The Mole People: Life in the Tunnels Beneath New York City by Jennifer Toth
From chapter: Bernard's Tunnel
Like Bernard, Bob earns what little money he needs by "busting," or returning discarded cans and bottles to redemption centers. For 600 empties, they can receive $30, or a nickel each. A major problem is finding groceries to redeem the trash, however. Despite the law requiring stores to take up to 250 empties from any one person, storekeepers often refuse in an effort to discourage the homeless from entering their premises. A few nonprofit redemption centers exist, notably "We Can" at 12th Avenue and 52nd street, which was begun by Guy Polhemus when he overheard homeless at a soup kitchen complain about their difficulty. However, these centers tend to be inconvenient and very crowded, with long lines and long waits.
This has led to the rise of middlemen, also called two-for-oners although they should be one-for-twoers. They buy two empties for a nickel, half the price at regular redemption centers, but offer "no waiting, no sorting, no hassle," as Bob says. Some middlemen have become full-blown entrepreneurs, like Chris Jeffers, a twenty-year-old who was sleeping in Riverside Park just two years earlier but now makes $70,000 a year. He rents an empty theater at Eighth Avenue and 50th Street and keeps it open around the clock for the homeless to bring their cans and bottles; it pays half the price, but it's convenient. Jeffers, who says he took some college courses in finance in Tampa, Florida, resells the empties to "We Can" for the full redemption price, earning thousands of dollars a day. Most of the collectors go through the trash at night when they are less visible to the public. Many are addicts of one kind or another, Jeffrey says, and often want to redeem their cans after hours to feed their night needs. "I know some people will say I'm exploiting those with alcohol and drug problems," Jeffers admitted to a New York Times reporter. "But tell me, how is what I'm doing any different from what commodity traders do when they buy crops at low prices from farmers in distress? (p. 107)
From chapter: Tunnel Art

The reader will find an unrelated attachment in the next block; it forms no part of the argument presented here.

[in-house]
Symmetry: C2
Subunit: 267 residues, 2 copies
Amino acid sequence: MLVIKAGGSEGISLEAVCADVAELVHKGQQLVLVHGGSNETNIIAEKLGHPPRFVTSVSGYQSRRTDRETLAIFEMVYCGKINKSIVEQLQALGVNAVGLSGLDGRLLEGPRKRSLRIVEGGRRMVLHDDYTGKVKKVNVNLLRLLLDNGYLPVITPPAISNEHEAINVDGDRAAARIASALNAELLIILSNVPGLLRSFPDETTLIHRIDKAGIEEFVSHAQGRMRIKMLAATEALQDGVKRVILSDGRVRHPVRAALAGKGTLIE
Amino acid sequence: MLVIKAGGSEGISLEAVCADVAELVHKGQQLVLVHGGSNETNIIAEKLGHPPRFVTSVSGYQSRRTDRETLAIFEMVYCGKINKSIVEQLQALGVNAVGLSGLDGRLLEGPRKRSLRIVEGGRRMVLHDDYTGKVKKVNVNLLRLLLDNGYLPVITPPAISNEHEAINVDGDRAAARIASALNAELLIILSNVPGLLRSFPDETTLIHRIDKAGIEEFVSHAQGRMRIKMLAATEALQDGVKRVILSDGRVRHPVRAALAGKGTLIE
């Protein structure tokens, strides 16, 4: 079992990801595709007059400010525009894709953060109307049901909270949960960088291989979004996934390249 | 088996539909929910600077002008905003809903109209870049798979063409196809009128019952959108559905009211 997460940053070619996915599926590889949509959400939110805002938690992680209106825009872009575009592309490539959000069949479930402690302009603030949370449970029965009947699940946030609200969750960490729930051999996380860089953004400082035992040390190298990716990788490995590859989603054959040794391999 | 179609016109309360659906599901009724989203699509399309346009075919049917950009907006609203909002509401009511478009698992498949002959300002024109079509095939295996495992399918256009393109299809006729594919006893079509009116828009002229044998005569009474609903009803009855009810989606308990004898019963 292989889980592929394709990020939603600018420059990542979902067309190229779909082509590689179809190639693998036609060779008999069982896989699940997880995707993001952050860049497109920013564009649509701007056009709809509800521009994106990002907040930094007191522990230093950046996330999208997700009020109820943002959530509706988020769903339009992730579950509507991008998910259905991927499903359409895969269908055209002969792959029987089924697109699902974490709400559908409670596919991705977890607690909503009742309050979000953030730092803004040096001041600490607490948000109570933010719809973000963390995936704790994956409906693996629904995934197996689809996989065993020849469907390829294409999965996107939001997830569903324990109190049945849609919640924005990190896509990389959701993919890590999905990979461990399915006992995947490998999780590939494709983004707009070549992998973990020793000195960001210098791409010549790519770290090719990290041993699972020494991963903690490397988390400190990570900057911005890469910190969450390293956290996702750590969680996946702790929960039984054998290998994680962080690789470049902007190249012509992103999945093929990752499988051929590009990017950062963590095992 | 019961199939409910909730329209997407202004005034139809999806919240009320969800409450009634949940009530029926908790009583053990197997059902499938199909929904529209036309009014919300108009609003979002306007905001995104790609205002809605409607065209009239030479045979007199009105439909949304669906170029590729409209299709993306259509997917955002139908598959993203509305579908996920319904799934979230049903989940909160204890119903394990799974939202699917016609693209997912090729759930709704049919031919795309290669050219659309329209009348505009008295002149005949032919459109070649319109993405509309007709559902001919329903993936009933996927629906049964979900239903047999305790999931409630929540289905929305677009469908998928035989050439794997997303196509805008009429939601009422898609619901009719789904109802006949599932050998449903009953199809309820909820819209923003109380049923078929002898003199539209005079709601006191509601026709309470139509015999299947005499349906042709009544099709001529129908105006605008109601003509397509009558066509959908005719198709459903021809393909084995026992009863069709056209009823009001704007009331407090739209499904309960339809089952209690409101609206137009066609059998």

"When I go down there, I can't wait to come back up. I keep promising myself that the next mural will be my last. I hate the danger, I hate risking my life each time for something so stupid. But I get an idea in my head for a piece and I can't get rid of it, and I have to do it because, if I don't, no one else will." More than a decade ago, when trains wore graffiti, Chris gave designs to graffiti gangs eager to prove their daring by executing them. He was far less interested in braving the dangers than in seeing his concept completed and appreciated." (p. 123)
Perhaps his most famous work is the mural that took up the side of an entire subway car, a photograph of which almost got to the Museum of Modern Art as part of its "High and Low: Modern Art and Popular Culture" show. The exhibit featured great masters, their impact on street art, and in turn, street art's impact on them. Freedom's work was a version of Michelangelo's Creation, an ephemeral hand reaching down from a white cloud to touch fingertips with another from below. Across the bottom he scrawled the words "What is Art. Why is art." The photograph of the car with the mural was incorporated into the sixty-page catalog, but in the end the museum chose not to display the picture for fear it would alienate trustees and donors who might interpret it as an endorsement of graffiti. (p. 125)
My thoughts about this ethnography when I finish the book.